So the Elephant Child’s stump of a trunk is a slinky which, when caught by the crocodile – an extended hat – expands just as it should. Staging is created with boxes and swathes of cloth, while the four actresses speak Kipling’s words with a nicely mesmerising quality.
The creation riff of The Crab that Played with the Sea is a good opener. It provides an instant reference point for the over-fours (a cut-off age worth observing) in the Man’s Child, who is the observant and clever one in the story. Parents dutifully perched behind the ‘snuggle pit’ will be gratified that it clearly stamps out the idea that this is fantasy, not reality.
How the Camel got his Hump, How the Whale got his Throat and the Elephant’s Child complete the quartet of stories. Performing original songs between each one keeps the audience focused in a production that is happy not to compromise in terms of language.
The ‘Just So Stories’ are told by four lovely ladies through the mediums of theatre, song and rhyme. The venue is the Green at the Pleasance Courtyard which is an ideal setting for this gentle show where kids can recline on bean bags and everyone can sit back and let Kipling’s wonderful words wash over them.
The tales are beautifully told using everyday objects as props. The innovative use of pots and pans as the inside of a whale’s stomach was particularly memorable. My children were equally impressed with the crab made out of bright red umbrellas. I took an 8 year old and a 5 year old and was a little worried that it might be a bit young for them, but they loved it. These stories appeal to all ages and were brought to life in an enchanting and vibrant way by the cast. I was not familiar with the stories but this show has inspired me to seek them out.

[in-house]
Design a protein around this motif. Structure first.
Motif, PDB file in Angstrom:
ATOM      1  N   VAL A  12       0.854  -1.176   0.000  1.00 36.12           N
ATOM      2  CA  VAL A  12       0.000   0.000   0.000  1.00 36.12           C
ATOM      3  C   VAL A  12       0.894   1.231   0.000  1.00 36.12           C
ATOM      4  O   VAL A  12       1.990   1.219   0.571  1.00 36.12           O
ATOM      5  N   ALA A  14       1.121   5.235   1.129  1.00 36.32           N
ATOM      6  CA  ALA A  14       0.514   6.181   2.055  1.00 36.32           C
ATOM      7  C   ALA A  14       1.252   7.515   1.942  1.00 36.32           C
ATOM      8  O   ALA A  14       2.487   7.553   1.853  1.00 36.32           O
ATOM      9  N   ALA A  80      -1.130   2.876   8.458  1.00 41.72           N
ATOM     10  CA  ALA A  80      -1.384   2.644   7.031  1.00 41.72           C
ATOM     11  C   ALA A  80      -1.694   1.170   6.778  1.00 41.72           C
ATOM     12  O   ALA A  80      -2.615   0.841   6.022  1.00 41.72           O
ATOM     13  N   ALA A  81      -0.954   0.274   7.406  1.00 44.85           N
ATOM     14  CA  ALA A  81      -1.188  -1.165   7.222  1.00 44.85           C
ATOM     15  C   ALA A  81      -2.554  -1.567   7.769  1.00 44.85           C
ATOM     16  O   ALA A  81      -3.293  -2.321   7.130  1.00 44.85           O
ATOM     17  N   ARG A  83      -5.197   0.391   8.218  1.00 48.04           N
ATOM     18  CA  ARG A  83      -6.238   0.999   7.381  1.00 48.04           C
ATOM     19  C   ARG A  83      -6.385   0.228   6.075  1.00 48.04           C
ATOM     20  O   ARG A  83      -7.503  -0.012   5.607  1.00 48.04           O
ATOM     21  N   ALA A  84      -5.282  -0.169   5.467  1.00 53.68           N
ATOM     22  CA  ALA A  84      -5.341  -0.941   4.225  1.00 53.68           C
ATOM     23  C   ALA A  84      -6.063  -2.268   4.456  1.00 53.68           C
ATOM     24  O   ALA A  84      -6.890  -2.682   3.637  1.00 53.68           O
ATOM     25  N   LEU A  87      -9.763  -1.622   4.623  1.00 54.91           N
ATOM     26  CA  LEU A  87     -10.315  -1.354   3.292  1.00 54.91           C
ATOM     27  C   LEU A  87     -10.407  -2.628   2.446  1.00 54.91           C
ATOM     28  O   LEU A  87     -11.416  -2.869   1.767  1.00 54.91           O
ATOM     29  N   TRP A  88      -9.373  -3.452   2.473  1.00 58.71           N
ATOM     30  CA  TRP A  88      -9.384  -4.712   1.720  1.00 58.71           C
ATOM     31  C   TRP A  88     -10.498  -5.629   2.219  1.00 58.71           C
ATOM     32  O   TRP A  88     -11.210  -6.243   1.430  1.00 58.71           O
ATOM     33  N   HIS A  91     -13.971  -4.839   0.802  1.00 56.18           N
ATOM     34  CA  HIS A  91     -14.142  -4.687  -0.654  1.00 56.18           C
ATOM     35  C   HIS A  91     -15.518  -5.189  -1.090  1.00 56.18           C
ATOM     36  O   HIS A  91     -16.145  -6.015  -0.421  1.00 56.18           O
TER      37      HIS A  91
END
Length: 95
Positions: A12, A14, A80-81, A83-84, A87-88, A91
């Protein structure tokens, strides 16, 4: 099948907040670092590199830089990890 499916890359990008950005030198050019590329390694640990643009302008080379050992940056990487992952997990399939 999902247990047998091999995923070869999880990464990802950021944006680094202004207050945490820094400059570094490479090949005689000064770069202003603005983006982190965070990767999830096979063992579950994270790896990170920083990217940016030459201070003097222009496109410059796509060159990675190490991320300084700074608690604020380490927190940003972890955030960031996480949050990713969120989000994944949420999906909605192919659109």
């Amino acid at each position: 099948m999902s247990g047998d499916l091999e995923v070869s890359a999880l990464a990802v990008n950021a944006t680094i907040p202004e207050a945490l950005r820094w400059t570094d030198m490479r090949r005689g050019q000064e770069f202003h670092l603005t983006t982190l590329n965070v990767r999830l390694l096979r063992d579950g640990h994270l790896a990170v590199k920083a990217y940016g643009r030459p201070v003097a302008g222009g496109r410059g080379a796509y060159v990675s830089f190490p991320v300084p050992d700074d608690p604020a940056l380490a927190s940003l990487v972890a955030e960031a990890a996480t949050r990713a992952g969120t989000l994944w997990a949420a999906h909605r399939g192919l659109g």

Kate (8 years) said ‘I loved it … especially the story about the crab playing with the sea’ and Ben (5 years) said ‘It was amazing. The crocodile was great … but it wasn’t scary!’.
At the end the cast joined the kids on the bean bags and let them try on the elephants trunks. They are a lovely group of ladies who are extremely talented storytellers.
Colourful and engaging adaptation of Kipling’s well known tales
There’s no cosier venue at the Pleasance Courtyard than The Green, the huge inflated igloo that’s home to many of its shows for children this year.
In The Just So Stories, kids, their parents and a few solitary grown-ups are invited to dive into the Snuggle Pit, an enticing fluffy mass of colourful floor cushions and cuddly toys. It’s the perfect vantage point for Red Table Theatre’s engaging adaptation of four tales from Rudyard Kipling’s much-loved collection of stories.
Using old-fashioned suitcases, vibrant parasols and mesmerising swathes of fabric, the agile performers create a rich and varied landscape that’s a delight to behold. In addition to skilful acting, there’s some beautifully melodic singing that rounds off the end of each tale. All of these elements work together with clever staging to create a captivating show that sustains its one-hour length.
But the antiquated language through which the stories are told don’t grab everyone’s attention, and some young minds start to wander after the first tale. The company suggests the show is suitable for ages four and up but six might be a better baseline, though even the youngest audience members are still charmed by the kaleidoscope of images the performers create.
My boy is only here for a short time so making the most of all the kids shows. The Just So Stories were terrific yesterday. My boy was captivated. His mother’s frequent use of cbeebies as an electronic babysitter does not seem to have shortened his attention span. One less thing to worry/feel guilty about.
If you’re at #EdFringe with small kids, DO see Just So Stories at The Pleasance, 12.30. Astrid (3) sat enraptured-no higher praise possible.
just saw the wonderful The Just So Stories. Totally captivating, thoroughly recommend for kids. At pleasance court yard